Tuesday, July 30, 2013

Time Management Tuesday: Summer Reading--The Word We've Been Looking For Is Metrics

Today's essay from Manage Your Day-to-Day is Scheduling In Time For Creative Thinking by Cal Newport.  Newport's big issue in his essay is the cost of distraction, by which he's talking about people in organizations who are "asked to be constantly available by e-mail and messenger and in meetings--an administrative goal that creates constant distraction." He believes this situation comes about because there's no "clear metrics in the knowledge work sector"...there's no "clear evidence of exactly how much the behavior is costing the organization."  I'm assuming there is also no clear evidence of exactly how much the behavior is producing for the organization, either.

Business metric--"a raw measurement of a business process." Good to know.

How Do Metrics Relate to Writers?

The term "metric" puts a nice label on the problem writers deal with in terms of their reactive work--all the noncreative work we do in reaction to publishing (marketing) or to inquiries for appearances (hmm, still marketing) or to rfps for workshops (which still has a marketing aspect). We lack a clear metric to determine whether using time in that way is cost effective. Is there a return on our investment of time? Since the time we spend on these reactive marketing activities means we no longer have the opportunity to use that time for creative work, is what's known as opportunity cost worth it?

Sales figures come in slowly for traditionally published writers, and even when they come in, it's impossible to tell which marketing effort worked, if any of them did at all. There is no metric for the value of their time spent marketing. Self-published eBook writers can check their sales quickly and regularly. But if they have spent time on several marketing efforts, there is no metric that will let them know which one helped sales, if any of them did at all.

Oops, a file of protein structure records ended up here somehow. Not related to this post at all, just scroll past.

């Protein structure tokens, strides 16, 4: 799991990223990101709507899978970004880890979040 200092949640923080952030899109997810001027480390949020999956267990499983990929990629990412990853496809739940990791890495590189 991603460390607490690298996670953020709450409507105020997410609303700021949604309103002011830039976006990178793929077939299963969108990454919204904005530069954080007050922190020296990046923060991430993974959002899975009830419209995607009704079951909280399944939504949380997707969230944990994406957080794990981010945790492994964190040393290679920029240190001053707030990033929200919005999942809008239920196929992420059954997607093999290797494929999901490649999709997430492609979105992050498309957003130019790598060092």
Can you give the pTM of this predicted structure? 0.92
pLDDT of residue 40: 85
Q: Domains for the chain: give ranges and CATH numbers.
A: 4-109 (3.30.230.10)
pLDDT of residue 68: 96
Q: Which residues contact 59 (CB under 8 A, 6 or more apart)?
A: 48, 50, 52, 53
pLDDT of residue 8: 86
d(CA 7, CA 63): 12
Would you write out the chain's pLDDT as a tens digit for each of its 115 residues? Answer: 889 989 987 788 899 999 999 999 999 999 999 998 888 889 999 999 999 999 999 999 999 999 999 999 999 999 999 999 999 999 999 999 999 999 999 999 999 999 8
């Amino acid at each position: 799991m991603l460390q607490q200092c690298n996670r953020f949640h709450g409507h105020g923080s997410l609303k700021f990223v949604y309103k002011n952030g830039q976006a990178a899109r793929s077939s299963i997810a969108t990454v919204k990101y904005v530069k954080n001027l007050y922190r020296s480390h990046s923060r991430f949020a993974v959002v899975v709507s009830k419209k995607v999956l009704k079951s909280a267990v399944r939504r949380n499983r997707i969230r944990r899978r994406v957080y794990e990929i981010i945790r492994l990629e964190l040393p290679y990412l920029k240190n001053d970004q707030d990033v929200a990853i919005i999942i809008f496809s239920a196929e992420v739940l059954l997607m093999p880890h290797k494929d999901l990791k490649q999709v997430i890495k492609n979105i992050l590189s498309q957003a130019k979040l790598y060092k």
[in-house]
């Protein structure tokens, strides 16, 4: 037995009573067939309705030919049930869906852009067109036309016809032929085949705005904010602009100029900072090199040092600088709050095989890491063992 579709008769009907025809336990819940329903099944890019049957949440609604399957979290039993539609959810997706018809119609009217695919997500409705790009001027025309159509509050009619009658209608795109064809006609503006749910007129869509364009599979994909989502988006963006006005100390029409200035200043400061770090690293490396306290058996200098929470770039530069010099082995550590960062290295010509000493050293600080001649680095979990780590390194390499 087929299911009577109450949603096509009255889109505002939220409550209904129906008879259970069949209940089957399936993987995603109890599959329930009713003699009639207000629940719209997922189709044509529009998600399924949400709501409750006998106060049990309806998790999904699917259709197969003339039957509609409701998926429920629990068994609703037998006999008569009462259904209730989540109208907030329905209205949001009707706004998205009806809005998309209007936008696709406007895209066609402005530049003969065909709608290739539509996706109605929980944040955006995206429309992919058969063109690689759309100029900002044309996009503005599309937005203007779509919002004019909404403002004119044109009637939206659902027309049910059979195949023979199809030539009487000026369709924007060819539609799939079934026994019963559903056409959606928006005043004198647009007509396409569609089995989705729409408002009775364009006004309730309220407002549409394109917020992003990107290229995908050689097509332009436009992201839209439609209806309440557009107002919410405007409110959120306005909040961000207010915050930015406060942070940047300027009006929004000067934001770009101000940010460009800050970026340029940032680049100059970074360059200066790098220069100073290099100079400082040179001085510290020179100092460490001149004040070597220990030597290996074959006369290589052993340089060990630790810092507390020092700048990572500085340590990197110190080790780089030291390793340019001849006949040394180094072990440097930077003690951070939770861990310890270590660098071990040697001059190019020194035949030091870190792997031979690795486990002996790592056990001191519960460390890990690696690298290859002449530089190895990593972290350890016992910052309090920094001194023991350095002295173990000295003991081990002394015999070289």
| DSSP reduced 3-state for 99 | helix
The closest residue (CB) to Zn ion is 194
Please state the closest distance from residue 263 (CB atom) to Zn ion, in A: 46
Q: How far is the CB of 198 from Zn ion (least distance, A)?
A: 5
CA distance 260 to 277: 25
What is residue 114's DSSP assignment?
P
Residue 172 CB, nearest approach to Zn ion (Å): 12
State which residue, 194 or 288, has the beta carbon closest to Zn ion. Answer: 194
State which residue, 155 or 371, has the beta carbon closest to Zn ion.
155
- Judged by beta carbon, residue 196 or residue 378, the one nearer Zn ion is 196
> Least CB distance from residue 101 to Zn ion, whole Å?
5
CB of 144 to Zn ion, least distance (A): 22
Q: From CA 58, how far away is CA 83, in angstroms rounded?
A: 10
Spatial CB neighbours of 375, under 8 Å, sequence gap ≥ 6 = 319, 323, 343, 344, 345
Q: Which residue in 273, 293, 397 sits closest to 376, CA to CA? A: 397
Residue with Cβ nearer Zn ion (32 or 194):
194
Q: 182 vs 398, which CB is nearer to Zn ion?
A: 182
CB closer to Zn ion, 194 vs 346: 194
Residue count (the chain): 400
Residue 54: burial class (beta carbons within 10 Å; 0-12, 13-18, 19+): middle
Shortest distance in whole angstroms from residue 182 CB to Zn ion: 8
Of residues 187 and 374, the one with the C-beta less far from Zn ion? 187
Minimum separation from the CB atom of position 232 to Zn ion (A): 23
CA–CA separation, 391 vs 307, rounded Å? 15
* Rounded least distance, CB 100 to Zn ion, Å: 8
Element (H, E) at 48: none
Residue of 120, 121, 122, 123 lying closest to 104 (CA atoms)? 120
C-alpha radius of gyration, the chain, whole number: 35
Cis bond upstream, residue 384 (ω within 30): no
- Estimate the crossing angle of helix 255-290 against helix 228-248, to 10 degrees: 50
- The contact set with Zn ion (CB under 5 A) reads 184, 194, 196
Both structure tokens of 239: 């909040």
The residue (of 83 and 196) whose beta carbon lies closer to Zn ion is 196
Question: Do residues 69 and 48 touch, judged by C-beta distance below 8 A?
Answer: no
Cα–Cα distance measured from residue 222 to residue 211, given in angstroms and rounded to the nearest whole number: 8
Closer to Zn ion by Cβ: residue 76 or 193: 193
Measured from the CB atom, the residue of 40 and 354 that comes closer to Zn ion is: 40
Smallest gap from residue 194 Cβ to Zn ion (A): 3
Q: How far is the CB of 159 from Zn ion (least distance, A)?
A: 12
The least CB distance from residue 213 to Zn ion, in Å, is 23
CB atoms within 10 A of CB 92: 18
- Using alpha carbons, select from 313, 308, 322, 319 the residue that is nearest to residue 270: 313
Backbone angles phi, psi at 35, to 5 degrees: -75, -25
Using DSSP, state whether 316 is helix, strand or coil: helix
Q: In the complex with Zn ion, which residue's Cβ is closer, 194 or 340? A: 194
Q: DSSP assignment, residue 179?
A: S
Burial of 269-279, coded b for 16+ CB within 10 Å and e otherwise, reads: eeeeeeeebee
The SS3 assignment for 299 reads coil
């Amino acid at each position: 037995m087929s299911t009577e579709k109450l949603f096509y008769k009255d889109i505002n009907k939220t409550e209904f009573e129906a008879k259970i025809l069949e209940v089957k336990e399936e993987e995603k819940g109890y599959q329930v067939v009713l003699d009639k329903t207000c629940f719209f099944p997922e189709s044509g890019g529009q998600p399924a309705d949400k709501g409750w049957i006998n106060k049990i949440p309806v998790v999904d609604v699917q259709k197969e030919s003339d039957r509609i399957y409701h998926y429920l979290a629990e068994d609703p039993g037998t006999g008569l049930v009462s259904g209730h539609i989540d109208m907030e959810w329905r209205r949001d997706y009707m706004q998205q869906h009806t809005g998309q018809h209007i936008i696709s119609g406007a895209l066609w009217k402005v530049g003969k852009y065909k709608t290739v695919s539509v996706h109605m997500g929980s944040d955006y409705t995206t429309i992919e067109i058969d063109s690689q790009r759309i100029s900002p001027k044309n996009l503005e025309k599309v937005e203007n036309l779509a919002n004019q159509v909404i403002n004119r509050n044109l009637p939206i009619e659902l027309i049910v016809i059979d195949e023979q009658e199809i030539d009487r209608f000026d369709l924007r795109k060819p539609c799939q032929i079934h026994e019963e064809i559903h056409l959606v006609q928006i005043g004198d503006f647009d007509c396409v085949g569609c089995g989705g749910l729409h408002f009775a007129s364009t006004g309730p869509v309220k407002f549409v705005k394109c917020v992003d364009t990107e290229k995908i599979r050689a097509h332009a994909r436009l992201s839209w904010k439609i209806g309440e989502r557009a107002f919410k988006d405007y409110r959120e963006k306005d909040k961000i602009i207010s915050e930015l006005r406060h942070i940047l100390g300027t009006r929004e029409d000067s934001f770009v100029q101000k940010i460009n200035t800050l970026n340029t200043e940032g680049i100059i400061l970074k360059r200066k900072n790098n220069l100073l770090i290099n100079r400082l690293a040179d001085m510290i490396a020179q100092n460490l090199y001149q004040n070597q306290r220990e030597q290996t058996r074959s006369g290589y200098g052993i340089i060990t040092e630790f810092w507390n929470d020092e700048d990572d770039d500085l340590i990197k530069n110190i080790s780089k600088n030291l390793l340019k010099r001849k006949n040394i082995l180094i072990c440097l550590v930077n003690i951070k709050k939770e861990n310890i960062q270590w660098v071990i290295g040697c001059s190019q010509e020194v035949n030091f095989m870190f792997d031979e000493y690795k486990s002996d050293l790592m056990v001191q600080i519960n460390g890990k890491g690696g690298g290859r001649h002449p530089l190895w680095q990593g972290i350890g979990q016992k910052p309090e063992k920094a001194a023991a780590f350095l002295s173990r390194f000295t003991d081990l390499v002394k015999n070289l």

Hey, we don't have metrics. Let's remember that.

Getting Away From Work Distractions

Newport's suggests workers within organizations deal with distraction by using a variation on the Unit System. He calls his units of time "daily focus blocks."  (Last week's essayist talked about mental intervals.) Because he's dealing with interruptions from co-workers, he advices treating these focus blocks as appointments, scheduled time during which you can't be interrupted, just as you couldn't be interrupted during any other kind of appointment. Assigning each block a specific task will also help workers stay focused on it and resist distraction.

Notice a recurring theme in these Manage Your Day-to-Day essays we've discussed so far? Yeah, me, too. Many of the writers I've pointed out break time into smaller segments in order to manage it.

Applying The Metric Question To My Present Work Situation

I learned this weekend that I'm going to be back to a three-day work week, probably into September. Actually, it started last week. Having a three-day work week means I'll often have an even shorter work week, because when more life stuff pops its head up, whatever problems it brings with it will come out of my work time.

I had already changed my work schedule around so that I was keeping Mondays and Tuesdays for writing and Fridays for marketing to keep reactive marketing distraction from creeping into all my work time. Now that I'm certain I won't have Wednesdays for work, this schedule gives a third of my time to marketing. That's way too much when you consider I have no metric to determine whether or not that time is well spent.

What I'm going to do for this next six weeks (a unit of time!) is put off marketing on Fridays unless something drops into my lap. (I do have a workshop proposal due the beginning of September.) I'll continue my blog marketing research, which I mainly do in the evenings, but I won't contact anyone else until I've got a longer work week again. Then I'll go back to making contacts on Fridays. At that point if those new contacts result in an invitation for a guest post, I'll have more time to write it.

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